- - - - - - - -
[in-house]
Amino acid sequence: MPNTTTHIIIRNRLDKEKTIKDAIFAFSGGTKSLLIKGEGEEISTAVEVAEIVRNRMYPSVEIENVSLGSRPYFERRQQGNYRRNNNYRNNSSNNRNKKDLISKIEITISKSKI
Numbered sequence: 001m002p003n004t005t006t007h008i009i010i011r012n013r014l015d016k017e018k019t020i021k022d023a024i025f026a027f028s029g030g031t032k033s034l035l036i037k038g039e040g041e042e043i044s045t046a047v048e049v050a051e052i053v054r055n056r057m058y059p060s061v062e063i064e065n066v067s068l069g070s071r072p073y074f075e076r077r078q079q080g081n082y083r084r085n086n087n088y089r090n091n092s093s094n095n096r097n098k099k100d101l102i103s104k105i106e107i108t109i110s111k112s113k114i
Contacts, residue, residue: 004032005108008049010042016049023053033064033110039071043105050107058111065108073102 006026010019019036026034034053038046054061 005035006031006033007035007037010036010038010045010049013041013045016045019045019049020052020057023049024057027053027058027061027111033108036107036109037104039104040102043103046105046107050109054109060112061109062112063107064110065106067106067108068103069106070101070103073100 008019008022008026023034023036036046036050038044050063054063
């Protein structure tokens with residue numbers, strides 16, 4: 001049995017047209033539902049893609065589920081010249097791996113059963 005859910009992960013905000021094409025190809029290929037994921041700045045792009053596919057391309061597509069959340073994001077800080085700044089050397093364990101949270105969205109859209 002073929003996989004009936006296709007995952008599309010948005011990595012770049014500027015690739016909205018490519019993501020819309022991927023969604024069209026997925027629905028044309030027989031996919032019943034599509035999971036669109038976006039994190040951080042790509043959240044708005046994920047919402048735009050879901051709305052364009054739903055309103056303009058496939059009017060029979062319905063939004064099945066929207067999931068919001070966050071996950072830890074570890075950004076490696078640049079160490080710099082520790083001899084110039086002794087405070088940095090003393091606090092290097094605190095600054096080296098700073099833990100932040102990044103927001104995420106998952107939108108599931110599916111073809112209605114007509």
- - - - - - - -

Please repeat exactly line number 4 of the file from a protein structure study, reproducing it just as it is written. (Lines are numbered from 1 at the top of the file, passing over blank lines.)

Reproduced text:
Contacts, residue, residue: 004032005108008049010042016049023053033064033110039071043105050107058111065108073102 006026010019019036026034034053038046054061 005035006031006033007035007037010036010038010045010049013041013045016045019045019049020052020057023049024057027053027058027061027111033108036107036109037104039104040102043103046105046107050109054109060112061109062112063107064110065106067106067108068103069106070101070103073100 008019008022008026023034023036036046036050038044050063054063